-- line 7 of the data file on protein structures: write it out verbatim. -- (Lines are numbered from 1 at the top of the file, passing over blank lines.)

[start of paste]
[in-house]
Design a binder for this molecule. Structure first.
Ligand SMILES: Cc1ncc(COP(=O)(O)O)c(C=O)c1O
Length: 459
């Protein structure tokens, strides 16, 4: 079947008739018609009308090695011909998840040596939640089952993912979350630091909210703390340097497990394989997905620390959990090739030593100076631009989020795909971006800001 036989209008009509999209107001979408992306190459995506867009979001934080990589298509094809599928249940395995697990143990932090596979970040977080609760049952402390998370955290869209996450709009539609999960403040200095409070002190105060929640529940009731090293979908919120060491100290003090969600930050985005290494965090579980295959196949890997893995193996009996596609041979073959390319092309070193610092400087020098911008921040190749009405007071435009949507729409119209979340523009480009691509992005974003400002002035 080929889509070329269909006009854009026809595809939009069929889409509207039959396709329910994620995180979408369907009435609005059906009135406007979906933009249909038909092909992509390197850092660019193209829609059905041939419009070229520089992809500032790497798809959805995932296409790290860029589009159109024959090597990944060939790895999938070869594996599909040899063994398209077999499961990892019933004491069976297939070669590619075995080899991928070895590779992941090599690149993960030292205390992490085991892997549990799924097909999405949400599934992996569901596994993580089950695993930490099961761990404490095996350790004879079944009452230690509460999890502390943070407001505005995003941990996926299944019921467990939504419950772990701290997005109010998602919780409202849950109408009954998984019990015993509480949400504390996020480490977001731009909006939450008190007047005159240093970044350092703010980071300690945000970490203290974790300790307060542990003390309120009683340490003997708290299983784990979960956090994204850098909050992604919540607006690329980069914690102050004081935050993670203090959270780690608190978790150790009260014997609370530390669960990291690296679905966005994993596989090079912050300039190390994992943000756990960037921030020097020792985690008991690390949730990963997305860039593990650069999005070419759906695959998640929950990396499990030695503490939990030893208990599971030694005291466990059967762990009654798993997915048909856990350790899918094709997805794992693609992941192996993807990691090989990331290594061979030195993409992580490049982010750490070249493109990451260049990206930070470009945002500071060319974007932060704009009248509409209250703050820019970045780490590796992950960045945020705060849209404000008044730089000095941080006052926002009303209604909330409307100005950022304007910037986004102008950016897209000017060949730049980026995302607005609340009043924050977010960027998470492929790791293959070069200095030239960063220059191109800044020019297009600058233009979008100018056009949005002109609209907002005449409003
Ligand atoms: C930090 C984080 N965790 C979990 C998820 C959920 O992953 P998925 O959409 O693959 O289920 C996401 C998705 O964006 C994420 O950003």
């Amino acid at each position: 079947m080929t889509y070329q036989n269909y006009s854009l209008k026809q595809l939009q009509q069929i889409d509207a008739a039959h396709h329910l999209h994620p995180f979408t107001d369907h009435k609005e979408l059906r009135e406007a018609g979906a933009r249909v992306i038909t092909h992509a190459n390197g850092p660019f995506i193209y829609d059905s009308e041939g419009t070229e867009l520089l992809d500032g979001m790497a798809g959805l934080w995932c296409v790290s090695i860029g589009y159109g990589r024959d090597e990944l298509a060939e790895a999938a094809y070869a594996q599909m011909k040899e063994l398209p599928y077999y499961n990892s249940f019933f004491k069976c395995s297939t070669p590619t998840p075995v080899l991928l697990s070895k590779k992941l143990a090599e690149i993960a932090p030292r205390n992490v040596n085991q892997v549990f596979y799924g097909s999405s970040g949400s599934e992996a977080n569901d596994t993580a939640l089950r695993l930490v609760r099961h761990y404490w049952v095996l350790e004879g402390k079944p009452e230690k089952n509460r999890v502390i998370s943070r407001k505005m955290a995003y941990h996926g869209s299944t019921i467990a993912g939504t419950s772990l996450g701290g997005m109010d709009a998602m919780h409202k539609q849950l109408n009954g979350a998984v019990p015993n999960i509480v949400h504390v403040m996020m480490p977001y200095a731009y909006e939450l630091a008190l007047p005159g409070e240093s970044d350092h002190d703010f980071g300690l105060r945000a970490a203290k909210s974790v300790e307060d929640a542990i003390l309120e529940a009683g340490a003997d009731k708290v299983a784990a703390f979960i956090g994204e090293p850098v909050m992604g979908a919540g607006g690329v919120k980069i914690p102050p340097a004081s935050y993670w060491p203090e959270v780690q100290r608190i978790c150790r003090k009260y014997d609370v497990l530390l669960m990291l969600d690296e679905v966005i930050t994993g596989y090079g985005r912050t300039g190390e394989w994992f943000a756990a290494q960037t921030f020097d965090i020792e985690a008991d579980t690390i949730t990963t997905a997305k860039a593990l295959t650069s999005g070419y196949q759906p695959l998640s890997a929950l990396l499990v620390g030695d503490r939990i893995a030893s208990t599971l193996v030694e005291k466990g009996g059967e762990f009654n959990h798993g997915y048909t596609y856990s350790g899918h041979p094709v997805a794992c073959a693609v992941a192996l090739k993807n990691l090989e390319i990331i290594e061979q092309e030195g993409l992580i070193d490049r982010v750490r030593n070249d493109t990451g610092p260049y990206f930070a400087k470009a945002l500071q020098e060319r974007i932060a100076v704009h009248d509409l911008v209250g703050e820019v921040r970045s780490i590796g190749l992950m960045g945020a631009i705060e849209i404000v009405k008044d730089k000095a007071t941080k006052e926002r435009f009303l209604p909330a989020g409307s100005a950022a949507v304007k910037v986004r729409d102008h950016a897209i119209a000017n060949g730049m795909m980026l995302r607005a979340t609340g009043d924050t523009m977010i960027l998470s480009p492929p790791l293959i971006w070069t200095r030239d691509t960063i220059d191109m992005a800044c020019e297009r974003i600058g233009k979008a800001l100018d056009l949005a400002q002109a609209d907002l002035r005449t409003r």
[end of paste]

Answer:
């Amino acid at each position: 079947m080929t889509y070329q036989n269909y006009s854009l209008k026809q595809l939009q009509q069929i889409d509207a008739a039959h396709h329910l999209h994620p995180f979408t107001d369907h009435k609005e979408l059906r009135e406007a018609g979906a933009r249909v992306i038909t092909h992509a190459n390197g850092p660019f995506i193209y829609d059905s009308e041939g419009t070229e867009l520089l992809d500032g979001m790497a798809g959805l934080w995932c296409v790290s090695i860029g589009y159109g990589r024959d090597e990944l298509a060939e790895a999938a094809y070869a594996q599909m011909k040899e063994l398209p599928y077999y499961n990892s249940f019933f004491k069976c395995s297939t070669p590619t998840p075995v080899l991928l697990s070895k590779k992941l143990a090599e690149i993960a932090p030292r205390n992490v040596n085991q892997v549990f596979y799924g097909s999405s970040g949400s599934e992996a977080n569901d596994t993580a939640l089950r695993l930490v609760r099961h761990y404490w049952v095996l350790e004879g402390k079944p009452e230690k089952n509460r999890v502390i998370s943070r407001k505005m955290a995003y941990h996926g869209s299944t019921i467990a993912g939504t419950s772990l996450g701290g997005m109010d709009a998602m919780h409202k539609q849950l109408n009954g979350a998984v019990p015993n999960i509480v949400h504390v403040m996020m480490p977001y200095a731009y909006e939450l630091a008190l007047p005159g409070e240093s970044d350092h002190d703010f980071g300690l105060r945000a970490a203290k909210s974790v300790e307060d929640a542990i003390l309120e529940a009683g340490a003997d009731k708290v299983a784990a703390f979960i956090g994204e090293p850098v909050m992604g979908a919540g607006g690329v919120k980069i914690p102050p340097a004081s935050y993670w060491p203090e959270v780690q100290r608190i978790c150790r003090k009260y014997d609370v497990l530390l669960m990291l969600d690296e679905v966005i930050t994993g596989y090079g985005r912050t300039g190390e394989w994992f943000a756990a290494q960037t921030f020097d965090i020792e985690a008991d579980t690390i949730t990963t997905a997305k860039a593990l295959t650069s999005g070419y196949q759906p695959l998640s890997a929950l990396l499990v620390g030695d503490r939990i893995a030893s208990t599971l193996v030694e005291k466990g009996g059967e762990f009654n959990h798993g997915y048909t596609y856990s350790g899918h041979p094709v997805a794992c073959a693609v992941a192996l090739k993807n990691l090989e390319i990331i290594e061979q092309e030195g993409l992580i070193d490049r982010v750490r030593n070249d493109t990451g610092p260049y990206f930070a400087k470009a945002l500071q020098e060319r974007i932060a100076v704009h009248d509409l911008v209250g703050e820019v921040r970045s780490i590796g190749l992950m960045g945020a631009i705060e849209i404000v009405k008044d730089k000095a007071t941080k006052e926002r435009f009303l209604p909330a989020g409307s100005a950022a949507v304007k910037v986004r729409d102008h950016a897209i119209a000017n060949g730049m795909m980026l995302r607005a979340t609340g009043d924050t523009m977010i960027l998470s480009p492929p790791l293959i971006w070069t200095r030239d691509t960063i220059d191109m992005a800044c020019e297009r974003i600058g233009k979008a800001l100018d056009l949005a400002q002109a609209d907002l002035r005449t409003r």